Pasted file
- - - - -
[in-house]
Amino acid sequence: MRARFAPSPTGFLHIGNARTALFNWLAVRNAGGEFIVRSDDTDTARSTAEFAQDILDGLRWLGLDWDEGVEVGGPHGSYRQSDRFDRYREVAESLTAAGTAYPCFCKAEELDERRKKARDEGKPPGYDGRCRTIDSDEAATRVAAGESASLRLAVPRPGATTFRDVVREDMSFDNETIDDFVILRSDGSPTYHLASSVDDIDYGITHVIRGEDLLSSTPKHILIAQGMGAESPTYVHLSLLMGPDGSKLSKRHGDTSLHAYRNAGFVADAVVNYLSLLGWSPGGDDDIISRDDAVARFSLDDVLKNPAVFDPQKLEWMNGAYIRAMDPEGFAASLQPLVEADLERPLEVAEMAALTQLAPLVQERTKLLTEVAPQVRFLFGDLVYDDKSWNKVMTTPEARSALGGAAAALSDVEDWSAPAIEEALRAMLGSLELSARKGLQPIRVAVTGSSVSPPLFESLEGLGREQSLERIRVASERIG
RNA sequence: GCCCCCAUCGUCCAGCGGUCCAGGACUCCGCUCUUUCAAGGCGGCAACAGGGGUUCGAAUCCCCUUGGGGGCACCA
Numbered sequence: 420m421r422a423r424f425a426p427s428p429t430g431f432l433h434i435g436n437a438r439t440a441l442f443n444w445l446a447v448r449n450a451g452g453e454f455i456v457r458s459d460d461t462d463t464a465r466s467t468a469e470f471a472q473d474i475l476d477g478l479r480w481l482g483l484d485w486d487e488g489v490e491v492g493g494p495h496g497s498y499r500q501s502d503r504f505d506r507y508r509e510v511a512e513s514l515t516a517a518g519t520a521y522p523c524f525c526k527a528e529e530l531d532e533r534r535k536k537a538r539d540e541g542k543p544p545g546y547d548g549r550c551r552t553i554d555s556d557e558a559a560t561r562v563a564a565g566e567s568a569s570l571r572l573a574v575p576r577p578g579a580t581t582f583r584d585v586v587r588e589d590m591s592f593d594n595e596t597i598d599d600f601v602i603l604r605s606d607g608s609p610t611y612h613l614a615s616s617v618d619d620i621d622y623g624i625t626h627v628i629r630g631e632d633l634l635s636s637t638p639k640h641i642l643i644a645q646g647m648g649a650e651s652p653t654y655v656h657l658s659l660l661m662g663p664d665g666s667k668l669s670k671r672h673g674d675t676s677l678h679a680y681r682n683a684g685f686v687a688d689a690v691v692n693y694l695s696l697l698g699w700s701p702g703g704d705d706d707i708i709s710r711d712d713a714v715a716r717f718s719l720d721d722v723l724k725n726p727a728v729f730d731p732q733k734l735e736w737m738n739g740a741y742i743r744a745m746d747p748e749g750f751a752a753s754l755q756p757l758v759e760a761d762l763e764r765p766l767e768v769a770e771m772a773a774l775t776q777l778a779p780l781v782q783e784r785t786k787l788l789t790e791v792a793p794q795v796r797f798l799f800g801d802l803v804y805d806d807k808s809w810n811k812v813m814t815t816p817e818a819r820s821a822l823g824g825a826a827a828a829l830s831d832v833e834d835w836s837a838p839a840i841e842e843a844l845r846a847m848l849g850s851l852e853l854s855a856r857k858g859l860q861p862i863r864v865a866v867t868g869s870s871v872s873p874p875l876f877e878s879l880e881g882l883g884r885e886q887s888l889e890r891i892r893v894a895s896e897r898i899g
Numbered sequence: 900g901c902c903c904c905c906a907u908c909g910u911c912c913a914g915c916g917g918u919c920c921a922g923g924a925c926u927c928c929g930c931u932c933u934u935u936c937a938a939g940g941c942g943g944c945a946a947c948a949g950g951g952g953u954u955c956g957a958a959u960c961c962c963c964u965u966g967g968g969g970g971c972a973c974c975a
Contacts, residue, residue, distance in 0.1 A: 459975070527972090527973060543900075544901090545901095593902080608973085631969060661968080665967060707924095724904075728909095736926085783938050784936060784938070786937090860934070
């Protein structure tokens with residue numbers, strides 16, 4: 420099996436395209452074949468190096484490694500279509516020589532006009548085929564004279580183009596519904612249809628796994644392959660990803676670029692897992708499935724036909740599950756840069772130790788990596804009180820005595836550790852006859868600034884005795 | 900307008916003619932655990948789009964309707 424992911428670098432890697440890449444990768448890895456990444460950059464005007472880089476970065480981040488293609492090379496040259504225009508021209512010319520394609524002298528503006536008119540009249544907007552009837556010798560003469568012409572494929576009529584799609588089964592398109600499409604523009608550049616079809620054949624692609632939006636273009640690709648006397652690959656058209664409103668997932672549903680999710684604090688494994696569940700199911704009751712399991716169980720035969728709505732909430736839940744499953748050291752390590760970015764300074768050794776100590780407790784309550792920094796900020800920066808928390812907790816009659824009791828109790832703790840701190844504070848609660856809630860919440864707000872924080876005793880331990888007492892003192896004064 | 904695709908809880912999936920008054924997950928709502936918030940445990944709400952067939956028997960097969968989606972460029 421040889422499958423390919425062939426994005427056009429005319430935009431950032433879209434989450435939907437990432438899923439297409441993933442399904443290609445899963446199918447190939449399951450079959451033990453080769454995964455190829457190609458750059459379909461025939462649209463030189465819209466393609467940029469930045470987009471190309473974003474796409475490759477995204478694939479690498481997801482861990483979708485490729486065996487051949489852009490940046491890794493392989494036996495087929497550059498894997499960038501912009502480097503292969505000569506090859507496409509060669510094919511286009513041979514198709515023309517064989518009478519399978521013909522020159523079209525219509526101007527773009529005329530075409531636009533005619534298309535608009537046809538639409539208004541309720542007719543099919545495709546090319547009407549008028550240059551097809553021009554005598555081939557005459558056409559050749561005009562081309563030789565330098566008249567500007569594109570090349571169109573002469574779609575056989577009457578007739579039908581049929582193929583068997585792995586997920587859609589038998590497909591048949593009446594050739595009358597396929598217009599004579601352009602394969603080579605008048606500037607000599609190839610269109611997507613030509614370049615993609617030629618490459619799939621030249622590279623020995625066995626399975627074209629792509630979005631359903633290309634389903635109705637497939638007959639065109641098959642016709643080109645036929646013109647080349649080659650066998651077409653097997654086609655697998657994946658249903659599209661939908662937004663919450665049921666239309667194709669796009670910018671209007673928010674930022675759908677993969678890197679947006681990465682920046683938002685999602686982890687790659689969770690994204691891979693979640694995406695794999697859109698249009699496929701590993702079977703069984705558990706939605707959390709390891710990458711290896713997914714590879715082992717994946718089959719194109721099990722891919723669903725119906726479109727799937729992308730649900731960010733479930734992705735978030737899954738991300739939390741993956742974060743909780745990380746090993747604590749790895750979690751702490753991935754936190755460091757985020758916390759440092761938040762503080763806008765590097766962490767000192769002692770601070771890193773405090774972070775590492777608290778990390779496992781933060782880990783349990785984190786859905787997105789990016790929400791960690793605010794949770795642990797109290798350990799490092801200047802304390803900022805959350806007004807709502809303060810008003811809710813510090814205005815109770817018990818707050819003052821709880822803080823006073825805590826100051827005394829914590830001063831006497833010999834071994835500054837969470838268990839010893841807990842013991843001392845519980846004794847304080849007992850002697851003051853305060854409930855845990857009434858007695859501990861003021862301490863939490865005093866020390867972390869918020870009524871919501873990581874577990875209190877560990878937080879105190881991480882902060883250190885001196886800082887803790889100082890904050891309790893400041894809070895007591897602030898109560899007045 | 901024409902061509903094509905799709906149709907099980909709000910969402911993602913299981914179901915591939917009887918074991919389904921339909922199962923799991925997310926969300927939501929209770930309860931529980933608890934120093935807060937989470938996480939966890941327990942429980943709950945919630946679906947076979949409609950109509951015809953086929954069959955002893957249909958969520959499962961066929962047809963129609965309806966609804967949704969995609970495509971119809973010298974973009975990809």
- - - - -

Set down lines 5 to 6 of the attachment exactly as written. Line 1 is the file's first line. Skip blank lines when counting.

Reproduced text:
Numbered sequence: 900g901c902c903c904c905c906a907u908c909g910u911c912c913a914g915c916g917g918u919c920c921a922g923g924a925c926u927c928c929g930c931u932c933u934u935u936c937a938a939g940g941c942g943g944c945a946a947c948a949g950g951g952g953u954u955c956g957a958a959u960c961c962c963c964u965u966g967g968g969g970g971c972a973c974c975a
Contacts, residue, residue, distance in 0.1 A: 459975070527972090527973060543900075544901090545901095593902080608973085631969060661968080665967060707924095724904075728909095736926085783938050784936060784938070786937090860934070